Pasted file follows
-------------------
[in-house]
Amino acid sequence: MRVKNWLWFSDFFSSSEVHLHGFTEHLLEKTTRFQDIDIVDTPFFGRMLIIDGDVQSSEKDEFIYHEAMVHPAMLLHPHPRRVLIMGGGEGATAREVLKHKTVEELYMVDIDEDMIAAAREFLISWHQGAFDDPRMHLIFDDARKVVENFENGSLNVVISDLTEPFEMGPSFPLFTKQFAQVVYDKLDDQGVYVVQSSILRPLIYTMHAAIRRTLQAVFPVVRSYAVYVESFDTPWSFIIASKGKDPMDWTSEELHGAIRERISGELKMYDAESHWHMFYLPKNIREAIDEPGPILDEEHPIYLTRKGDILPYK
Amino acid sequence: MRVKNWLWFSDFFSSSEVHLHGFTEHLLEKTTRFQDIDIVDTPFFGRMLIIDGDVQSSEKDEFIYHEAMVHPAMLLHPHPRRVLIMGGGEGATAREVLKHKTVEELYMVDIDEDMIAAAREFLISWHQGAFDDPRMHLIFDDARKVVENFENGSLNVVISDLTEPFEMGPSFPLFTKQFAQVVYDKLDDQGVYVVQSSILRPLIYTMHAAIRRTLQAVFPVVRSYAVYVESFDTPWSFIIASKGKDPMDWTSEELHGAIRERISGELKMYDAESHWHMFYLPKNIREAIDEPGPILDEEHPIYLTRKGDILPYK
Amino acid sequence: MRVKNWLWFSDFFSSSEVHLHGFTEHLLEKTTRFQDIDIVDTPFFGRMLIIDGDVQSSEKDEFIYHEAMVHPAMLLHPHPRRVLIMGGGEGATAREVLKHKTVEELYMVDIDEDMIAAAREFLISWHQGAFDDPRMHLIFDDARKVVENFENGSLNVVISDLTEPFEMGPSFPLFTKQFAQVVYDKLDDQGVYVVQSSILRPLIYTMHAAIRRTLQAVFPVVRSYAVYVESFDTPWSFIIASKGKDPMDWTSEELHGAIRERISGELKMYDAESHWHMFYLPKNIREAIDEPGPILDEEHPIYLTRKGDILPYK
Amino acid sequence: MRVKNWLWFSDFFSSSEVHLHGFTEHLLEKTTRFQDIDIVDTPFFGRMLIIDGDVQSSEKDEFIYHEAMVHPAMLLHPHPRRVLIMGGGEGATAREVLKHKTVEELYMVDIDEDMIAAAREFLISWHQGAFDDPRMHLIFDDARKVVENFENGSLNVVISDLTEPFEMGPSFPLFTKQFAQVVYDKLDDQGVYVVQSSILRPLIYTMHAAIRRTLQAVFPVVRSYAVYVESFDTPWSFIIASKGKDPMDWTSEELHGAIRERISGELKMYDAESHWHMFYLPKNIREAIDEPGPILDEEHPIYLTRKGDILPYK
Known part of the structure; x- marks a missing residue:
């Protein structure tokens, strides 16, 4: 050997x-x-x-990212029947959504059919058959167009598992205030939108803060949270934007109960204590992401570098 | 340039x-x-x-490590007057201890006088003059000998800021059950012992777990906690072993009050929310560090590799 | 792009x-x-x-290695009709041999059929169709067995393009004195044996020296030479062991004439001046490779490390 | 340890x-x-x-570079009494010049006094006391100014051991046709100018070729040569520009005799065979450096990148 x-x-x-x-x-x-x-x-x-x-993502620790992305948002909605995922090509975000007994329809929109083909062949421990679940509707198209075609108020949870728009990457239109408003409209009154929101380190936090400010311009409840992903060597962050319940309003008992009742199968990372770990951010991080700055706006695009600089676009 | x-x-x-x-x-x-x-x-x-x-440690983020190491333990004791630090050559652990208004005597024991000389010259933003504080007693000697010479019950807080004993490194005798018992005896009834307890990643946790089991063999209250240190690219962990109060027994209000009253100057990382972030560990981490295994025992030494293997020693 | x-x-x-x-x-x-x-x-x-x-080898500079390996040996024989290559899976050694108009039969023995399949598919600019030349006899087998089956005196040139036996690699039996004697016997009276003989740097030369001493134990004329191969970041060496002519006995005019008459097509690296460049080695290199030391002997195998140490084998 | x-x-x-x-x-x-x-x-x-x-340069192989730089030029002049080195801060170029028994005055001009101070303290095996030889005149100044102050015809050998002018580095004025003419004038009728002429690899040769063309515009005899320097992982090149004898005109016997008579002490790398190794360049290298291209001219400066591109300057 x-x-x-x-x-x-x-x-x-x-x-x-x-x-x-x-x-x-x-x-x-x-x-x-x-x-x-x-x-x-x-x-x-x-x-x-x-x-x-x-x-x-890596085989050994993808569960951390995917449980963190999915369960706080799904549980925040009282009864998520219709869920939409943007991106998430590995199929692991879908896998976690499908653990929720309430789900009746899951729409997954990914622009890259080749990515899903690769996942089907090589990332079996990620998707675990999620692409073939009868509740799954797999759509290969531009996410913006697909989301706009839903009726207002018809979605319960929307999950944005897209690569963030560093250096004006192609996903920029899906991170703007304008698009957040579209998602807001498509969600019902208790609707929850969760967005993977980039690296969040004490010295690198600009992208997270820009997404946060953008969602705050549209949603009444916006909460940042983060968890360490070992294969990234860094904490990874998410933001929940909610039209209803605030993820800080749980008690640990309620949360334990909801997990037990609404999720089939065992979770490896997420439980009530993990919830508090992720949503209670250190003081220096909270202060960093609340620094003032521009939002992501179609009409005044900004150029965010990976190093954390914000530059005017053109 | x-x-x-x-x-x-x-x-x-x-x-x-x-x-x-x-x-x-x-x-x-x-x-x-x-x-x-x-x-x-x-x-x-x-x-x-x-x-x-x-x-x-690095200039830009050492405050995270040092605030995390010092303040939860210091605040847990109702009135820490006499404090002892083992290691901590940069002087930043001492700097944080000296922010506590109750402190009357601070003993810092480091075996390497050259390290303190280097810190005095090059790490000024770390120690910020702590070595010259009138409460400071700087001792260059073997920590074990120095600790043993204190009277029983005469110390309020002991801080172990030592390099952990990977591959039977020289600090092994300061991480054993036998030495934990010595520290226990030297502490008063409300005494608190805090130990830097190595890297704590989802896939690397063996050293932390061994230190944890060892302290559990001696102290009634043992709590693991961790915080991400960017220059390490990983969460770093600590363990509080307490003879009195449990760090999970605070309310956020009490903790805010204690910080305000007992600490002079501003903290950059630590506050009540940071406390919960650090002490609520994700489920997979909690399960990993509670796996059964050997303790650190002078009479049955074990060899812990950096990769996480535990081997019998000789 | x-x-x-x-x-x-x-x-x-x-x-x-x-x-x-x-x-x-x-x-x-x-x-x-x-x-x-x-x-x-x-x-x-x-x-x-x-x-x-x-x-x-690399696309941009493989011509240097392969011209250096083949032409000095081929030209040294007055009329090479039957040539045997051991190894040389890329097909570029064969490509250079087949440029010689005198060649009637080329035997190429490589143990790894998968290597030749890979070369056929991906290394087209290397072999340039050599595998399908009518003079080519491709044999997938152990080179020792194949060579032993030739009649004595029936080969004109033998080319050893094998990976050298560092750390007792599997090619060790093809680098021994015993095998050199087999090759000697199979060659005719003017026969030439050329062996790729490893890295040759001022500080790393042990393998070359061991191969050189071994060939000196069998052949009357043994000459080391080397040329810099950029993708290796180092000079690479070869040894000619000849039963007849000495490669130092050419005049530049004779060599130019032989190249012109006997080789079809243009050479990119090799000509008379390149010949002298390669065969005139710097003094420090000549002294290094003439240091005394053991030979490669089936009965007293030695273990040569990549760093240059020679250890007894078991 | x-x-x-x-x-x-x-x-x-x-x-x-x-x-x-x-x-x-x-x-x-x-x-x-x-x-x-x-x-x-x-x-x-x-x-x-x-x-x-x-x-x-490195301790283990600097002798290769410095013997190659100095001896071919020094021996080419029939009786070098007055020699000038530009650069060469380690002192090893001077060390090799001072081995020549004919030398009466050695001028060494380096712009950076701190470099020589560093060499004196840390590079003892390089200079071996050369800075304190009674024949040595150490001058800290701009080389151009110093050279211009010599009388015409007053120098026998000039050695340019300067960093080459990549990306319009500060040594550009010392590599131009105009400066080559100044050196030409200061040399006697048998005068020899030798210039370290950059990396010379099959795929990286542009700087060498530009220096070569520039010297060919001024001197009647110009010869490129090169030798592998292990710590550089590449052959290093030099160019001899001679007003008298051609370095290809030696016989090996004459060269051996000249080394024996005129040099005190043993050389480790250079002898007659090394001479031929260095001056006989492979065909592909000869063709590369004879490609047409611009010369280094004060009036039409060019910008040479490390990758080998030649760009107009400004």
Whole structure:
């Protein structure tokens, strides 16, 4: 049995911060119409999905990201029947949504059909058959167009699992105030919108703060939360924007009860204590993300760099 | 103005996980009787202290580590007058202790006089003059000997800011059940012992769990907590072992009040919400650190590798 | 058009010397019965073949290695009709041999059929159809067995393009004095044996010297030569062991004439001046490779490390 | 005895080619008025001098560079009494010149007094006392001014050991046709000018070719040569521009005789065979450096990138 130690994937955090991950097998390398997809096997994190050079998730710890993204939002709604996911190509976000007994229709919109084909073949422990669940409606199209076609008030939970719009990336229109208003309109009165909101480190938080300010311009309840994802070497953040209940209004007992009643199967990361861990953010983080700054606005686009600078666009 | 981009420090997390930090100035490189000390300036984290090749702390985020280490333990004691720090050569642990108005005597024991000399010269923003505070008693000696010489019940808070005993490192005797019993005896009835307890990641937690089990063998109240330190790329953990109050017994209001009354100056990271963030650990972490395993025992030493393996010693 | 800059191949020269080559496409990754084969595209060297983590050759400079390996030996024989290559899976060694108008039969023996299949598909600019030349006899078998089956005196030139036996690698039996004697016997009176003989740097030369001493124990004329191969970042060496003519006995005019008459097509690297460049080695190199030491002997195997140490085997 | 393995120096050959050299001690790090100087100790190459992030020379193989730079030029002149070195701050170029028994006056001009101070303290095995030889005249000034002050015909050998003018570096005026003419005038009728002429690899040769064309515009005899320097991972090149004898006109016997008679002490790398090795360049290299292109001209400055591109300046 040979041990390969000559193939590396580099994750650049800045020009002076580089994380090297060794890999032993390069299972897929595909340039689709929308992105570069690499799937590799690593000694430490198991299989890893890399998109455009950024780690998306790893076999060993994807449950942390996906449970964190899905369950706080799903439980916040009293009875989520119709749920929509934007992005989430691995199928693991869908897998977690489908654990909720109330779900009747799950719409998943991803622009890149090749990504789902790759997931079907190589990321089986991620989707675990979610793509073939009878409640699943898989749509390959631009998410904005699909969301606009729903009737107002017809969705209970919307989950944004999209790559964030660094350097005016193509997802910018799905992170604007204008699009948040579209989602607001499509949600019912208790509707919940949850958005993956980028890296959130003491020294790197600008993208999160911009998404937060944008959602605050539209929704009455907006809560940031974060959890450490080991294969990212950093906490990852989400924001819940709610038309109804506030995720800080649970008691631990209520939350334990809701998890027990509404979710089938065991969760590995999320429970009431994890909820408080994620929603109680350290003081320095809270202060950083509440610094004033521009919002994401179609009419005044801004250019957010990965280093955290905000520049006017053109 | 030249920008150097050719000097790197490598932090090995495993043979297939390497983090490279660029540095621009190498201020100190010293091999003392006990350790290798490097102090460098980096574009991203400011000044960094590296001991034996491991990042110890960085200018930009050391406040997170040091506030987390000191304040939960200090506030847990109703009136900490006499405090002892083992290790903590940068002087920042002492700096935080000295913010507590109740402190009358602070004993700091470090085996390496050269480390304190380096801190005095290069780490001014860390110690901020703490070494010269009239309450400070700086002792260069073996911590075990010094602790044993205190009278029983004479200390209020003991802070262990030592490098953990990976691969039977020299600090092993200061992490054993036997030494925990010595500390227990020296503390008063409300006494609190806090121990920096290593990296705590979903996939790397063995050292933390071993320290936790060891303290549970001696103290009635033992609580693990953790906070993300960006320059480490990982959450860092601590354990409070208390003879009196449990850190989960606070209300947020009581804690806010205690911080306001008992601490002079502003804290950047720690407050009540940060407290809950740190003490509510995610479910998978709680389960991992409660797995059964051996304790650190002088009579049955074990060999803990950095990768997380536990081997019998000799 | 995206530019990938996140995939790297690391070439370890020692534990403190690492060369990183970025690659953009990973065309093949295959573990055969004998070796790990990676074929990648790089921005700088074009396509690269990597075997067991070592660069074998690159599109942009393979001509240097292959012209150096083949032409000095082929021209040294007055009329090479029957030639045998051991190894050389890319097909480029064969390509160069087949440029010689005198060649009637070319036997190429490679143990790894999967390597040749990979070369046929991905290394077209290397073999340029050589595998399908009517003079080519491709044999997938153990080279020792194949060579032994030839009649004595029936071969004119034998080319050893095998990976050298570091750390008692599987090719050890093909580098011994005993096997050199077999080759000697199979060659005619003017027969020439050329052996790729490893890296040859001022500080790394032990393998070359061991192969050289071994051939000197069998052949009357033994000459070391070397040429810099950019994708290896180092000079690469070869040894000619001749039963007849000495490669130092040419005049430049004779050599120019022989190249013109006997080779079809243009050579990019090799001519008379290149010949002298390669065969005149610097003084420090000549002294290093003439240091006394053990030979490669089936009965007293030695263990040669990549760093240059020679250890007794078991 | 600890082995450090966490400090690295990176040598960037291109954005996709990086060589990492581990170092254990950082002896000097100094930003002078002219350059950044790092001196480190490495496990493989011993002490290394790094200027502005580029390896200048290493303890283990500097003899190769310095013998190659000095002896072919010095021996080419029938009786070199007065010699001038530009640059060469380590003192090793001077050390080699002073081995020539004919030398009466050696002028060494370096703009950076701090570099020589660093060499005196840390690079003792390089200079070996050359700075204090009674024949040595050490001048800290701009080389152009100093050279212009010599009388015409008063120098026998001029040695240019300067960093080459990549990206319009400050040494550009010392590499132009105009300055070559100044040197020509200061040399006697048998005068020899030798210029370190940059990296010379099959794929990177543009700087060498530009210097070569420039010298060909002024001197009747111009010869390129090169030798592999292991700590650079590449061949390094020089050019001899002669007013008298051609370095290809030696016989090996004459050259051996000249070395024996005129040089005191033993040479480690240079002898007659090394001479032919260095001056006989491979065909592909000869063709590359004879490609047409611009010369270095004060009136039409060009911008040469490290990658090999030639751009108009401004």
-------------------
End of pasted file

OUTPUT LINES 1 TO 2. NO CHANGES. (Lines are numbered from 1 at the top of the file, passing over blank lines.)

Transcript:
[in-house]
Amino acid sequence: MRVKNWLWFSDFFSSSEVHLHGFTEHLLEKTTRFQDIDIVDTPFFGRMLIIDGDVQSSEKDEFIYHEAMVHPAMLLHPHPRRVLIMGGGEGATAREVLKHKTVEELYMVDIDEDMIAAAREFLISWHQGAFDDPRMHLIFDDARKVVENFENGSLNVVISDLTEPFEMGPSFPLFTKQFAQVVYDKLDDQGVYVVQSSILRPLIYTMHAAIRRTLQAVFPVVRSYAVYVESFDTPWSFIIASKGKDPMDWTSEELHGAIRERISGELKMYDAESHWHMFYLPKNIREAIDEPGPILDEEHPIYLTRKGDILPYK